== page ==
Panel: Evidence and Local Environmental Governance: Methods and Data Sources for Measuring the Design and Impacts of Local Policy
(Natural Resource Security, Energy and Environmental Policy)

Friday, November 3, 2017: 8:30 AM-10:00 AM
Soldier Field (Hyatt Regency Chicago)

*Names in bold indicate Presenter

Panel Organizers:  Tyler A Scott, University of Georgia
Discussants:  David P. Carter, University of Utah

Fracking Regulatory Stringency: The Role of Time and Overall Policy Goal
Gwen Arnold, Le Anh Nguyen Long, Madeline Gottlieb, Michael Bybee and Nikita Sinha, University of California, Davis

Linking Stated Policy Priorities and Policy Framing to Environmental Risk Resilience.
Tima T. Moldogaziev, Tyler A Scott and Jason Anastasopoulos, University of Georgia

Local governments play a significant role in many facets of environmental policy and management. However, local government data are typically much more limited, and irregular, than national or state data, which makes it difficult to assess the impacts of local policy and planning initiatives. This panel presents four papers that demonstrate unique research designs and data sources suitable for studying local environmental governance practices. Each paper draws upon a novel data source, and concerns a different environmental issue--municipal greenhouse gas (GHG) mitigation, permitting and regulation of unconventional oil and gas development, public health impacts of natural resource extraction, and wildfire and drought risk management--in which local decision-making plays a major role in determining policy outcomes.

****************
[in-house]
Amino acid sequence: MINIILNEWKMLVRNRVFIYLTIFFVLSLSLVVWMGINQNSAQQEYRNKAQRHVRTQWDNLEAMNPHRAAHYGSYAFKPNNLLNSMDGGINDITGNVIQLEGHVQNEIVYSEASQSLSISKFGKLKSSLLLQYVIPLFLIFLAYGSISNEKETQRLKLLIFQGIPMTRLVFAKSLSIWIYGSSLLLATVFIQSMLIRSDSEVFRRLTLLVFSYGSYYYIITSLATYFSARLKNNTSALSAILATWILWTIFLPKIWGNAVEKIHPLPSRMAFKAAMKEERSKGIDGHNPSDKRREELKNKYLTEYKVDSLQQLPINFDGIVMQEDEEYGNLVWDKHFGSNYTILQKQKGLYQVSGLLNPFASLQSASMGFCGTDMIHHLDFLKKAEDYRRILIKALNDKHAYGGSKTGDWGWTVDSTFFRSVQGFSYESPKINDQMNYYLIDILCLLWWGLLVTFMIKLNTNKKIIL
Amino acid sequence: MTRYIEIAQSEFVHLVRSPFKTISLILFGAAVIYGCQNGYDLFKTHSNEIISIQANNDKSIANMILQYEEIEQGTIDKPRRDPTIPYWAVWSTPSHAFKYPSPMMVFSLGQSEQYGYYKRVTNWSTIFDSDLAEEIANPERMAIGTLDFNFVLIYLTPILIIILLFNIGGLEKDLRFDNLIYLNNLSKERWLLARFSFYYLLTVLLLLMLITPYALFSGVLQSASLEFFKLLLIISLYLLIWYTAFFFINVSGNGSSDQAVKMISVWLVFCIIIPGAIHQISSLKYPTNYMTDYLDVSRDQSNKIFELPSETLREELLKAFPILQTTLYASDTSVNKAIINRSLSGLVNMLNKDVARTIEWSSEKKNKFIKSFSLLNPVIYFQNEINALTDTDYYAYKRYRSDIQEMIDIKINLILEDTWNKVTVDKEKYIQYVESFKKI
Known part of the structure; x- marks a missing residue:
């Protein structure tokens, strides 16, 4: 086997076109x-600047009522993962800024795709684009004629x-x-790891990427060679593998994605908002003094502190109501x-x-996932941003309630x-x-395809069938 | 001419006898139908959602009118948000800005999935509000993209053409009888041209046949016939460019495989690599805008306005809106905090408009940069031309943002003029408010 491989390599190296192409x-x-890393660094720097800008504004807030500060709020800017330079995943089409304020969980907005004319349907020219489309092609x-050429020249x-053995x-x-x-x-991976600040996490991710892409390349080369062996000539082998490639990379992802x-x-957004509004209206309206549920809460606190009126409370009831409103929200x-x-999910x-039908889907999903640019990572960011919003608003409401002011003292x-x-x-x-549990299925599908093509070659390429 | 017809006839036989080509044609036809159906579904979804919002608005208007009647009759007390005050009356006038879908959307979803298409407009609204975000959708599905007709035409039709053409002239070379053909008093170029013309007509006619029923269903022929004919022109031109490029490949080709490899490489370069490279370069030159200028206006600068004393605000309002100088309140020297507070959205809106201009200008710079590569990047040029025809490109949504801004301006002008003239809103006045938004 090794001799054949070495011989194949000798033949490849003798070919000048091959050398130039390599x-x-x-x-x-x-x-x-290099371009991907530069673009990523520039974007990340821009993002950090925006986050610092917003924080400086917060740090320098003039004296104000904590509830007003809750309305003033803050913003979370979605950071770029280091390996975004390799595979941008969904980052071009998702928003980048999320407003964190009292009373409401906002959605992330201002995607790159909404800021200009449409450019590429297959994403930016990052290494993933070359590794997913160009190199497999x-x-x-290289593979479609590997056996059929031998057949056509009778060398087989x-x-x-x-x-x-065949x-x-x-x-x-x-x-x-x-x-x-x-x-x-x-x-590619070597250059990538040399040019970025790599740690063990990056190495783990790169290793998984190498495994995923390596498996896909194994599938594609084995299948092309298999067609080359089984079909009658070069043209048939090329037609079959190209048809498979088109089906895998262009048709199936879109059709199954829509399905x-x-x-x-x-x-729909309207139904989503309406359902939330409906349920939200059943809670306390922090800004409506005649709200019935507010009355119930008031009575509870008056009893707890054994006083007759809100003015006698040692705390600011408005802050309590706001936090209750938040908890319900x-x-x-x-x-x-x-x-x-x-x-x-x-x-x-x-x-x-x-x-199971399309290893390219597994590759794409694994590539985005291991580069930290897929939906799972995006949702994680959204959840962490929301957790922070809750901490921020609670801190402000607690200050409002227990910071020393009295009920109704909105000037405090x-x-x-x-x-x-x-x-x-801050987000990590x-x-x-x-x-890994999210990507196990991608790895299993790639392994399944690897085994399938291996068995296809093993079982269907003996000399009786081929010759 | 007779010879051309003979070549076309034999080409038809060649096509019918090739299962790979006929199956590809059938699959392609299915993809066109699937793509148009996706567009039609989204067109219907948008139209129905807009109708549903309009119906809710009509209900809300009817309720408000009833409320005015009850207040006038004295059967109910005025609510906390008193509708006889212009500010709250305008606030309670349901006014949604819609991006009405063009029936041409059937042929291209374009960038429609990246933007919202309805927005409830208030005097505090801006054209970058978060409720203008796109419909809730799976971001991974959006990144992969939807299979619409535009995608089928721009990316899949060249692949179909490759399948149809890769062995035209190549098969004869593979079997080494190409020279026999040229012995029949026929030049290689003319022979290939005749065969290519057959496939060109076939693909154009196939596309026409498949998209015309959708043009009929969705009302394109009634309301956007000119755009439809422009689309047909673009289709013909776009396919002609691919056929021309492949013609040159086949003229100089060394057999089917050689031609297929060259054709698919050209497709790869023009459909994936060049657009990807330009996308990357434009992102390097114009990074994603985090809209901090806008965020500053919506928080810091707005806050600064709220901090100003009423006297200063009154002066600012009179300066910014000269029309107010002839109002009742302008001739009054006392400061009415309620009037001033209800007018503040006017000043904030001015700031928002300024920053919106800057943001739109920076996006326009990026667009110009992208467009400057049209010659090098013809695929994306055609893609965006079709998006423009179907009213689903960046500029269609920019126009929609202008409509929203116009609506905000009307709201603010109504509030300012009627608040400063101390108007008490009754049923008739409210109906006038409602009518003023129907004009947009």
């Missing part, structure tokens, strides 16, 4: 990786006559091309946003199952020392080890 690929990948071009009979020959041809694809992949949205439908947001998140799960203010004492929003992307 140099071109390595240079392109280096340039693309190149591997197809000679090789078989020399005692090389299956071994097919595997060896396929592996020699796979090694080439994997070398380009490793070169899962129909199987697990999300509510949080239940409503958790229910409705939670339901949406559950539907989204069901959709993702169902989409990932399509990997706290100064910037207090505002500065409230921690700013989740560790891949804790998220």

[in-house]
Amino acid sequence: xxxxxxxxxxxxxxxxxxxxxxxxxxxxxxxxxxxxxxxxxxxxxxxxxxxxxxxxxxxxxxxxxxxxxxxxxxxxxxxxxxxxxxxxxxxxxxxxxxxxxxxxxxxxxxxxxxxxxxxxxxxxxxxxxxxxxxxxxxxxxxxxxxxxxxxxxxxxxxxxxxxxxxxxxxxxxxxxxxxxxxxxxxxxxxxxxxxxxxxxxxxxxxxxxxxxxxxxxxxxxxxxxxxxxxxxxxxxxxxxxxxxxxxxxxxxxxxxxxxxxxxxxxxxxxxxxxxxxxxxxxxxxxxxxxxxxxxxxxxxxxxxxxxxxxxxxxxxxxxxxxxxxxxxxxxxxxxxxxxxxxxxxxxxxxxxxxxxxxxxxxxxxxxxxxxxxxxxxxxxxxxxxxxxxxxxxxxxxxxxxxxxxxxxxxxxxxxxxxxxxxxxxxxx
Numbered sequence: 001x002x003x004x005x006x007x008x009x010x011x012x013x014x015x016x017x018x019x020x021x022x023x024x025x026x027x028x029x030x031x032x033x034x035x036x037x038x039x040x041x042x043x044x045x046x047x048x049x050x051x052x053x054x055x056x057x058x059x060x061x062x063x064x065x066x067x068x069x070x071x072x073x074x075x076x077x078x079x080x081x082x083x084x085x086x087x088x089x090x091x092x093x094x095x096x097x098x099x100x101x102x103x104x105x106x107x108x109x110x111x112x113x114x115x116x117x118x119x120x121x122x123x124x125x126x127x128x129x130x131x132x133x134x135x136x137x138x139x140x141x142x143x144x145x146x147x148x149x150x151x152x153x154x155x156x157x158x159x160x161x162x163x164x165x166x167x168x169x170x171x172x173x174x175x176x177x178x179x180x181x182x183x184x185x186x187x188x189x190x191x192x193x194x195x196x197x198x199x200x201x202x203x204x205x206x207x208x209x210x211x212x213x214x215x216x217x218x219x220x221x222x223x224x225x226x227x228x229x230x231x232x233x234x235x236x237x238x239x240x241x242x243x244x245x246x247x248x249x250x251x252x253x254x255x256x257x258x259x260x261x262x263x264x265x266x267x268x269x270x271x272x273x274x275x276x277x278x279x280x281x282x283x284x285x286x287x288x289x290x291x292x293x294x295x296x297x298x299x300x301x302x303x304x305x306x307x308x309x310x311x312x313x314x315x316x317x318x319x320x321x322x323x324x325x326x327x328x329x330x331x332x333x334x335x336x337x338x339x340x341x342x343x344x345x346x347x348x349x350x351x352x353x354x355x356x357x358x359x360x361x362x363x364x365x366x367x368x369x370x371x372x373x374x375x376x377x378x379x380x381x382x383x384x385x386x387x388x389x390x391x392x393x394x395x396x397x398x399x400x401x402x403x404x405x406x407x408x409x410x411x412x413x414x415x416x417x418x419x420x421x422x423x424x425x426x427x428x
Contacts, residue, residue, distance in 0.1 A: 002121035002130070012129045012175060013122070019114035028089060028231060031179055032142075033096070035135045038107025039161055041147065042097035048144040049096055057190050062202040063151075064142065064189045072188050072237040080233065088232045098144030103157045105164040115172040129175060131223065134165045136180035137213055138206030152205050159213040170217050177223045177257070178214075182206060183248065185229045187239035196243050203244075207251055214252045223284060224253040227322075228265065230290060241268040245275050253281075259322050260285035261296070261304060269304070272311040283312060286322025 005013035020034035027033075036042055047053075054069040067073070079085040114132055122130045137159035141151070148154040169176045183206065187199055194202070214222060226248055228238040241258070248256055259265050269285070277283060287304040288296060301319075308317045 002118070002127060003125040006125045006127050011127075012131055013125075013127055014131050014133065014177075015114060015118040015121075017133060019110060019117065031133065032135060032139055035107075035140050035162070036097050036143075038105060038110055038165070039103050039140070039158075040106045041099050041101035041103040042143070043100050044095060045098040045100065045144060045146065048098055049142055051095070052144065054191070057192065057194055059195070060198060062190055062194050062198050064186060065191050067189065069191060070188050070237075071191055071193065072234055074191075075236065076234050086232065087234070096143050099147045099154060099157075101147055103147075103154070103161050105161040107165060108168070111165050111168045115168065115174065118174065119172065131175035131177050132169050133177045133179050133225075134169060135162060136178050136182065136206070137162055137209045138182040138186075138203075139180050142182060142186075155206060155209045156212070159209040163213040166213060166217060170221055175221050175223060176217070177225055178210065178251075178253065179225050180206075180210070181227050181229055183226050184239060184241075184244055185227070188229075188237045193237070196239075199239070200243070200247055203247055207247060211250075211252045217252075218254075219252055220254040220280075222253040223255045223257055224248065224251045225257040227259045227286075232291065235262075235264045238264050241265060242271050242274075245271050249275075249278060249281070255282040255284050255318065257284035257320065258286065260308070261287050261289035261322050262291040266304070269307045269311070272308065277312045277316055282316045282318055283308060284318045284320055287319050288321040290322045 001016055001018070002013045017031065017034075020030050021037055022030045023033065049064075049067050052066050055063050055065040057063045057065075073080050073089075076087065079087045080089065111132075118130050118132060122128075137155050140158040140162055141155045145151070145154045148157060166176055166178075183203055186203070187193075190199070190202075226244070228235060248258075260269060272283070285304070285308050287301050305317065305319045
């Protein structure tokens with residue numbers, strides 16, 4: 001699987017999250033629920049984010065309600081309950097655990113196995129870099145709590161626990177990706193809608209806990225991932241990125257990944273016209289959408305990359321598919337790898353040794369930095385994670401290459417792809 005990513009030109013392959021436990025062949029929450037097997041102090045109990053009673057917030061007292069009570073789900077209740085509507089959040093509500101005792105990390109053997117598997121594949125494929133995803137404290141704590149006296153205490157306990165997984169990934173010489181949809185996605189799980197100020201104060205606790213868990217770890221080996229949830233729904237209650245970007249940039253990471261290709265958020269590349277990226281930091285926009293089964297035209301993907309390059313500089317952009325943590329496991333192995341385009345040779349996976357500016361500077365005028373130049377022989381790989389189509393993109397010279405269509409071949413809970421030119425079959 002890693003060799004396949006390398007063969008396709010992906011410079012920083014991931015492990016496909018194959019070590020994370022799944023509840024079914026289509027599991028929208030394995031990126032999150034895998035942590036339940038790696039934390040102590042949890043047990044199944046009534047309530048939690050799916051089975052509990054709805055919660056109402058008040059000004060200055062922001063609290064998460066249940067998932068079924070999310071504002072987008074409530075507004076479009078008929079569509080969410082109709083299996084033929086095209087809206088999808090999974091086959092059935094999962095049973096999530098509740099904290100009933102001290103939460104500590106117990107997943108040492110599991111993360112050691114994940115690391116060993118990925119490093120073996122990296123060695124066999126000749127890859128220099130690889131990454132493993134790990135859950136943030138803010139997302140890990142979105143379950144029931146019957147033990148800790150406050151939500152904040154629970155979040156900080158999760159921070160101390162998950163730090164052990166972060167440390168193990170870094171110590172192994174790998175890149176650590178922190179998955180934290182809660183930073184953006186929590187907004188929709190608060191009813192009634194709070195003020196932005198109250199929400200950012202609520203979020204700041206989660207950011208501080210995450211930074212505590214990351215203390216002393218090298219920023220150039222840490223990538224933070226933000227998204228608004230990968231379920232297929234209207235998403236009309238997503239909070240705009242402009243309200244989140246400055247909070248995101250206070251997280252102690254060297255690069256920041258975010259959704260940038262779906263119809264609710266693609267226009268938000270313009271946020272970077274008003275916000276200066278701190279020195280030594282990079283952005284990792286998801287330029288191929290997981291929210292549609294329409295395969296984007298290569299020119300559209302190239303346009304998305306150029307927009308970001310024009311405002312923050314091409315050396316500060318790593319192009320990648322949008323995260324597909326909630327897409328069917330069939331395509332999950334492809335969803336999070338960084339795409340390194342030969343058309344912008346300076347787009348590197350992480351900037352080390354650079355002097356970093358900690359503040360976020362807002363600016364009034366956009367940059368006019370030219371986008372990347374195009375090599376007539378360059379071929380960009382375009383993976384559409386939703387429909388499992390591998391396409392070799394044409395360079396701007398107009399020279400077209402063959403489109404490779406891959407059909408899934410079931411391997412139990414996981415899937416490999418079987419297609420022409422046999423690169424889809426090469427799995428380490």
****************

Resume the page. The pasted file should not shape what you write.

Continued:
The first paper uses a longitudinal national survey of local officials in the United States who direct municipal environmental sustainability efforts. Given the diffuse, transboundary nature of GHG emissions, direct measurement of city level policy impacts are not readily feasible. Thus, this paper demonstrates how expert solicitation from those tasked with implementing and overseeing local policy efforts over a period of time can be used as a proxy measure for local-level pollution outcomes. The paper uses a selection model to account for selection bias associated with voluntary adoption in estimating expected impacts. The second paper draws upon a novel database of 426 hydraulic fracturing policies adopted by different municipalities in the state of New York; the authors analyze the text of each policy to develop a comprehensive measure of policy stringency. These data are then coupled with measures of policy support and socio-economic conditions to understand how local community attributes influence the focal outcomes and time horizon of municipal policies. The third paper examines local grants provided by the state of Colorado meant to mitigate the public health impacts of mining and energy extraction in local communities. Using machine learning text analysis, the authors generate a novel dataset that quantifies the focus and content of grant applications from 2013 to 2016. In particular, the authors assess the extent to which local grant applications emphasize measurable impacts and the subsequent role of different impacts in determining granting funds. The results demonstrate the relative importance of different impact measures in driving local policy responses. Finally, the fourth paper examines how counties in the state of California prioritize and implement efforts to prevent and mitigate acute and chronic environmental disasters, specifically wildfire and severe drought. Using topic modeling, the authors measure local policy priorities based upon yearly budget proposals and budget hearing minutes from each of 56 counties from 2012 to 2017. These data are then matched to county budget records in order to measure how well stated priorities are reflected in actual expenditures. Further, the authors develop metrics of relative problem local problem severity using historic drought and wildfire records in order to gauge how these pressures affect prioritization and subsequent policy responses. This paper demonstrates how procedural documents generated by local governments can be used to measure how prepare for uncertain, potentially high consequence environmental disasters.